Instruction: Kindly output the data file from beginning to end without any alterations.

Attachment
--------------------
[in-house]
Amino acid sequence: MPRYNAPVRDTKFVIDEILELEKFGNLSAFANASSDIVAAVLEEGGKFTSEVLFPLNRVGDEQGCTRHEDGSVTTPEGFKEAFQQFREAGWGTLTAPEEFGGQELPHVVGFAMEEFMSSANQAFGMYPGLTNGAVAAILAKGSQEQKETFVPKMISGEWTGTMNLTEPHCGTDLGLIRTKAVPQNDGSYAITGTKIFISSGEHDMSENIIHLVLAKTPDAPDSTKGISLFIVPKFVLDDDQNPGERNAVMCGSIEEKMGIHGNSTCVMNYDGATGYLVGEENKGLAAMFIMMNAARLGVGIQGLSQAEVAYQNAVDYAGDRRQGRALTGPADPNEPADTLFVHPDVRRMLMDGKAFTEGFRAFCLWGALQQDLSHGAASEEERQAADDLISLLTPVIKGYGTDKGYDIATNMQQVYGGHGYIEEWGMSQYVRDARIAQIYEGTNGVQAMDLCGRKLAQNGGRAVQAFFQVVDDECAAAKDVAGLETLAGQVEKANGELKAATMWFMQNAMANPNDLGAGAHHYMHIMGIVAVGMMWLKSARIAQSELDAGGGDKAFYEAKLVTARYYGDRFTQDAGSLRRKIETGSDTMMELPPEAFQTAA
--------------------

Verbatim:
[in-house]
Amino acid sequence: MPRYNAPVRDTKFVIDEILELEKFGNLSAFANASSDIVAAVLEEGGKFTSEVLFPLNRVGDEQGCTRHEDGSVTTPEGFKEAFQQFREAGWGTLTAPEEFGGQELPHVVGFAMEEFMSSANQAFGMYPGLTNGAVAAILAKGSQEQKETFVPKMISGEWTGTMNLTEPHCGTDLGLIRTKAVPQNDGSYAITGTKIFISSGEHDMSENIIHLVLAKTPDAPDSTKGISLFIVPKFVLDDDQNPGERNAVMCGSIEEKMGIHGNSTCVMNYDGATGYLVGEENKGLAAMFIMMNAARLGVGIQGLSQAEVAYQNAVDYAGDRRQGRALTGPADPNEPADTLFVHPDVRRMLMDGKAFTEGFRAFCLWGALQQDLSHGAASEEERQAADDLISLLTPVIKGYGTDKGYDIATNMQQVYGGHGYIEEWGMSQYVRDARIAQIYEGTNGVQAMDLCGRKLAQNGGRAVQAFFQVVDDECAAAKDVAGLETLAGQVEKANGELKAATMWFMQNAMANPNDLGAGAHHYMHIMGIVAVGMMWLKSARIAQSELDAGGGDKAFYEAKLVTARYYGDRFTQDAGSLRRKIETGSDTMMELPPEAFQTAA